Thai Royalty: An Interesting History Lesson

In a world where you can explore space and summon any information on a small device, the monarchy may appear old-fashioned. It may seem that the monarchical structure in place in Thailand does not reflect modern times, or the reigning monarch has not kept up with advancements. The Thai monarchy, fully conscious of the changing nature of existence, is continuously evolving to guarantee that it fits into the contemporary age and adapt to the needs of the population and society. The Thai royalty is unique in its capacity to adapt to change, which has allowed it to thrive to this day. It has always demonstrated extraordinary compassion, significance, and vibrancy, especially in today’s environment.

We assume you’re here because you want to learn more about Thailand’s culture and history. So, grab your pen and paper and scribble down some notes on the Thai royalty history we’ll be discussing in this post.

Introduction to Thai Royalty

Following the unfortunate death and accompanying funeral of King Bhumibol Adulyadej, or Rama IX, in October 2016, Thailand’s monarchy attracted headlines around the world. Since he acceded to the throne in 1782, he has played a crucial role in developing his country, as have successive generations of his family. The royal family of Thailand has a long and glorious history, from establishing the kingdom to working for everyone’s prosperity. Here’s a look at Thai royalty history if you want to learn more.

Building the Chakri Dynasty

Taksin became the monarch of conventional Thailand in 1782, and he reigned from Thonburi, which is located on the west side of the Chao Phraya River. After rioting in the city, during which Taksin was overthrown, Phra Phutthayotfa Chulalok, a military leader, came into power. He acquired control of Siam and transferred the capital to the eastern side of the Chao Phraya River, which would eventually become Bangkok. His rise to power created the Chakri Dynasty, which continues to rule Thailand presently. Siam became increasingly powerful during this young reign. They resisted Burmese attacks, and Burmese influence in Cambodia, Laos, and Vietnam expanded.

If Rama I was the one who established Siam’s kingdom, Rama II was the one who developed Siam’s culture. He also enlisted the help of Sunthorn Phu, Thailand’s most famous literary export, who eventually became recognized by UNESCO as a great poet. Rama II worked hard to develop Thai culture, including interpreting Buddhist prayers into Thai and introducing a variety of religious holidays. Following his death, his son Nangklao – later known as Rama III – ascended the throne. Thailand battled against Laos, Cambodia, and Vietnam under his leadership, extending its influence on the region. Rama III’s reign also saw the first treaty with Western colonial powers, and it was evident that the monarchy faced new challenges following their invasions of neighboring countries.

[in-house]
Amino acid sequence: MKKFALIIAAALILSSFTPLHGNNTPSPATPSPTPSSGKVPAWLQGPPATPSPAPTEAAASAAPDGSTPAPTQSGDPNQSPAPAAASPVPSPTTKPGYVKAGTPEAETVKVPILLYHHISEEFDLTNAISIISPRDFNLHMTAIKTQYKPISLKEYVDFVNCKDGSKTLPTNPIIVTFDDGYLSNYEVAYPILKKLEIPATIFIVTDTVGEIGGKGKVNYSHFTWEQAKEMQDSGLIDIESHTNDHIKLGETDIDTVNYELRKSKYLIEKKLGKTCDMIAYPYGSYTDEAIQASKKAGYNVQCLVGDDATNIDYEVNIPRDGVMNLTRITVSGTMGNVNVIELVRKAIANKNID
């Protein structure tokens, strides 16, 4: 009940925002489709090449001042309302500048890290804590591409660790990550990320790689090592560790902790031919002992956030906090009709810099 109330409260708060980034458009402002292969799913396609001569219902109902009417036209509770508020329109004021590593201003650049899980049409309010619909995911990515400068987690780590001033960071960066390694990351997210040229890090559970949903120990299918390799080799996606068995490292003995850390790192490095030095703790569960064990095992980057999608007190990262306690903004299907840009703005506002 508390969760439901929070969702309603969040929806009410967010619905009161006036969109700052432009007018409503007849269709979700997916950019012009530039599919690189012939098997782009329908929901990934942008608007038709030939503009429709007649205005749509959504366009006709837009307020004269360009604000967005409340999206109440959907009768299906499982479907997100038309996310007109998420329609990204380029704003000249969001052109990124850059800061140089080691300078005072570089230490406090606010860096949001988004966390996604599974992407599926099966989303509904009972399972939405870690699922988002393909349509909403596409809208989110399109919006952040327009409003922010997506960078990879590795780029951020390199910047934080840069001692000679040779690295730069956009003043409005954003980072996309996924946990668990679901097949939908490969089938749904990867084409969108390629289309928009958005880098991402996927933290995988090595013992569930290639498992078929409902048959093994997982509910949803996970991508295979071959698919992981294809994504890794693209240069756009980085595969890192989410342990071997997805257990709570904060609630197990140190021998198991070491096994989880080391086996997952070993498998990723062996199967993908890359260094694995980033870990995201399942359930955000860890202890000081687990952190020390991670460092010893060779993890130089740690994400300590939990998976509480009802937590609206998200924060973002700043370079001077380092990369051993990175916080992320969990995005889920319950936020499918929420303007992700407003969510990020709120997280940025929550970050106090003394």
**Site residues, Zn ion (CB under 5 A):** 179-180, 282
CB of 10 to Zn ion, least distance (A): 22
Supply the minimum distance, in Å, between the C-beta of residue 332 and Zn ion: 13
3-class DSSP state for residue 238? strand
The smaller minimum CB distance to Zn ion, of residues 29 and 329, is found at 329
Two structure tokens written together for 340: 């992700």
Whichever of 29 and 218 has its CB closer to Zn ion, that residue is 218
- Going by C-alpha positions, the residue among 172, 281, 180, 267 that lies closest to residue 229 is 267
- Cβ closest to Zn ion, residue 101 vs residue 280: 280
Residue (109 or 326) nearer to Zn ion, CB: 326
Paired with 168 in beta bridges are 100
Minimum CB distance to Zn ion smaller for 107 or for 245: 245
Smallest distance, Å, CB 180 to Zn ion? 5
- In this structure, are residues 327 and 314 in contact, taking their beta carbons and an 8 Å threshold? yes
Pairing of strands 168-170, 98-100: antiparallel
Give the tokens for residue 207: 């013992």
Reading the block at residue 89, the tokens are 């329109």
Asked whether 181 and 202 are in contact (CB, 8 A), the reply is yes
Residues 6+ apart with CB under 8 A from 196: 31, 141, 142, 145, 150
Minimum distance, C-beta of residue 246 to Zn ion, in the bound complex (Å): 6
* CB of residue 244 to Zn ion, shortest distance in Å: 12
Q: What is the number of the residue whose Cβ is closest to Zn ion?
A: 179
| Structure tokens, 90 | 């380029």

Read more: How Thai Women See Foreign Guys

The Fight for Independence 

King Rama V

Under the colossal wave of Western influence and power, the firmly conventional notion of monarchy did not last long. 

King Mongkut, known as Rama IV, ascended the throne in 1851, succeeding his brother, who had died. Following his ascent, there was a turn toward Western principles, indicating the French and British’s expanding influence in the region. He gave up some of Thailand’s legal and fiscal autonomy. But in the process, his country was spared from invasion by the West. Despite the rising pressure, they negotiated more treaties with Britain. And while they may have been unjust, the crucial issue was that Thailand preserved its independence. 

When Chulalongkorn (Rama V) arrived in power in 1868, he did everything he could to preserve Thailand’s freedom. His formation of a large military and withdrawal of control from local elites put him in a superior position than his predecessors, making Thailand appear more powerful to colonial powers looking for a swift land grab. Following the footsteps of his predecessor, he advanced Thailand’s modernization by ending slavery and prostitution. Despite relinquishing land to the French after the Franco-Siamese War of 1893 and the British treaty with the Anglo-Siamese in 1909, the Kingdom of Siam has maintained its independence. Thailand’s freedom was secured thanks to his diplomacy and leadership qualities. Many Thais are still grateful that their country was never colonized.